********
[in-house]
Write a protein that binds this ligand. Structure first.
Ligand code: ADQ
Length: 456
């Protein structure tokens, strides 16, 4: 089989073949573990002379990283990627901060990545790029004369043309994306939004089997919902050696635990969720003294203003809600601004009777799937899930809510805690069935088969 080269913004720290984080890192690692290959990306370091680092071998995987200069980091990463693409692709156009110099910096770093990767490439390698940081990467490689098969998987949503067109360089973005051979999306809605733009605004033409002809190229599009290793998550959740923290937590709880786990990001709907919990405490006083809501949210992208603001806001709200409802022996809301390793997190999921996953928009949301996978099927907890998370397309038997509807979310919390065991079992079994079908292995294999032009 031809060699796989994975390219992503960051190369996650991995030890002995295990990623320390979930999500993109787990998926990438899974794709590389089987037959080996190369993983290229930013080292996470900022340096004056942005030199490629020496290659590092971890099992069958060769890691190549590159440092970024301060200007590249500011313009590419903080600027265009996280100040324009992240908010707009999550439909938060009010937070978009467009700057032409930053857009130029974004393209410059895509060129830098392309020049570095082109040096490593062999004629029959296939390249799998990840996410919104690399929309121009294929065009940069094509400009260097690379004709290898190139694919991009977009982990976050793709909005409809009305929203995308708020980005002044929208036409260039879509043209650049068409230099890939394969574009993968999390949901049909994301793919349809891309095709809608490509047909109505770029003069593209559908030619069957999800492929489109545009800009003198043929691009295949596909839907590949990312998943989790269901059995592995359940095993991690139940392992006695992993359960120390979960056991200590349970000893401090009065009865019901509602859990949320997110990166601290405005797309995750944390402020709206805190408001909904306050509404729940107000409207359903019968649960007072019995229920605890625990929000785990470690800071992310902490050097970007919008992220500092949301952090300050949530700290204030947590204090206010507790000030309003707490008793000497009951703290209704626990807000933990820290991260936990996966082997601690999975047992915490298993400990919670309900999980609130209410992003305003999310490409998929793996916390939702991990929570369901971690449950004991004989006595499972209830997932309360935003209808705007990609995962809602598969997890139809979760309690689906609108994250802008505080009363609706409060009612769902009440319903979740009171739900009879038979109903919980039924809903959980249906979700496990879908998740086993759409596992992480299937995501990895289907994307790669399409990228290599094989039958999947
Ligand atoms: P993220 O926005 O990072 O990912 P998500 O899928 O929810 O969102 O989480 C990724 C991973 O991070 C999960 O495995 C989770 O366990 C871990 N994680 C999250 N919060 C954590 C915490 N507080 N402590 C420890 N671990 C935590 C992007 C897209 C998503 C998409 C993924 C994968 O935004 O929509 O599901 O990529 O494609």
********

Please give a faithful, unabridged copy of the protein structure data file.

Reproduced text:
[in-house]
Write a protein that binds this ligand. Structure first.
Ligand code: ADQ
Length: 456
């Protein structure tokens, strides 16, 4: 089989073949573990002379990283990627901060990545790029004369043309994306939004089997919902050696635990969720003294203003809600601004009777799937899930809510805690069935088969 080269913004720290984080890192690692290959990306370091680092071998995987200069980091990463693409692709156009110099910096770093990767490439390698940081990467490689098969998987949503067109360089973005051979999306809605733009605004033409002809190229599009290793998550959740923290937590709880786990990001709907919990405490006083809501949210992208603001806001709200409802022996809301390793997190999921996953928009949301996978099927907890998370397309038997509807979310919390065991079992079994079908292995294999032009 031809060699796989994975390219992503960051190369996650991995030890002995295990990623320390979930999500993109787990998926990438899974794709590389089987037959080996190369993983290229930013080292996470900022340096004056942005030199490629020496290659590092971890099992069958060769890691190549590159440092970024301060200007590249500011313009590419903080600027265009996280100040324009992240908010707009999550439909938060009010937070978009467009700057032409930053857009130029974004393209410059895509060129830098392309020049570095082109040096490593062999004629029959296939390249799998990840996410919104690399929309121009294929065009940069094509400009260097690379004709290898190139694919991009977009982990976050793709909005409809009305929203995308708020980005002044929208036409260039879509043209650049068409230099890939394969574009993968999390949901049909994301793919349809891309095709809608490509047909109505770029003069593209559908030619069957999800492929489109545009800009003198043929691009295949596909839907590949990312998943989790269901059995592995359940095993991690139940392992006695992993359960120390979960056991200590349970000893401090009065009865019901509602859990949320997110990166601290405005797309995750944390402020709206805190408001909904306050509404729940107000409207359903019968649960007072019995229920605890625990929000785990470690800071992310902490050097970007919008992220500092949301952090300050949530700290204030947590204090206010507790000030309003707490008793000497009951703290209704626990807000933990820290991260936990996966082997601690999975047992915490298993400990919670309900999980609130209410992003305003999310490409998929793996916390939702991990929570369901971690449950004991004989006595499972209830997932309360935003209808705007990609995962809602598969997890139809979760309690689906609108994250802008505080009363609706409060009612769902009440319903979740009171739900009879038979109903919980039924809903959980249906979700496990879908998740086993759409596992992480299937995501990895289907994307790669399409990228290599094989039958999947
Ligand atoms: P993220 O926005 O990072 O990912 P998500 O899928 O929810 O969102 O989480 C990724 C991973 O991070 C999960 O495995 C989770 O366990 C871990 N994680 C999250 N919060 C954590 C915490 N507080 N402590 C420890 N671990 C935590 C992007 C897209 C998503 C998409 C993924 C994968 O935004 O929509 O599901 O990529 O494609």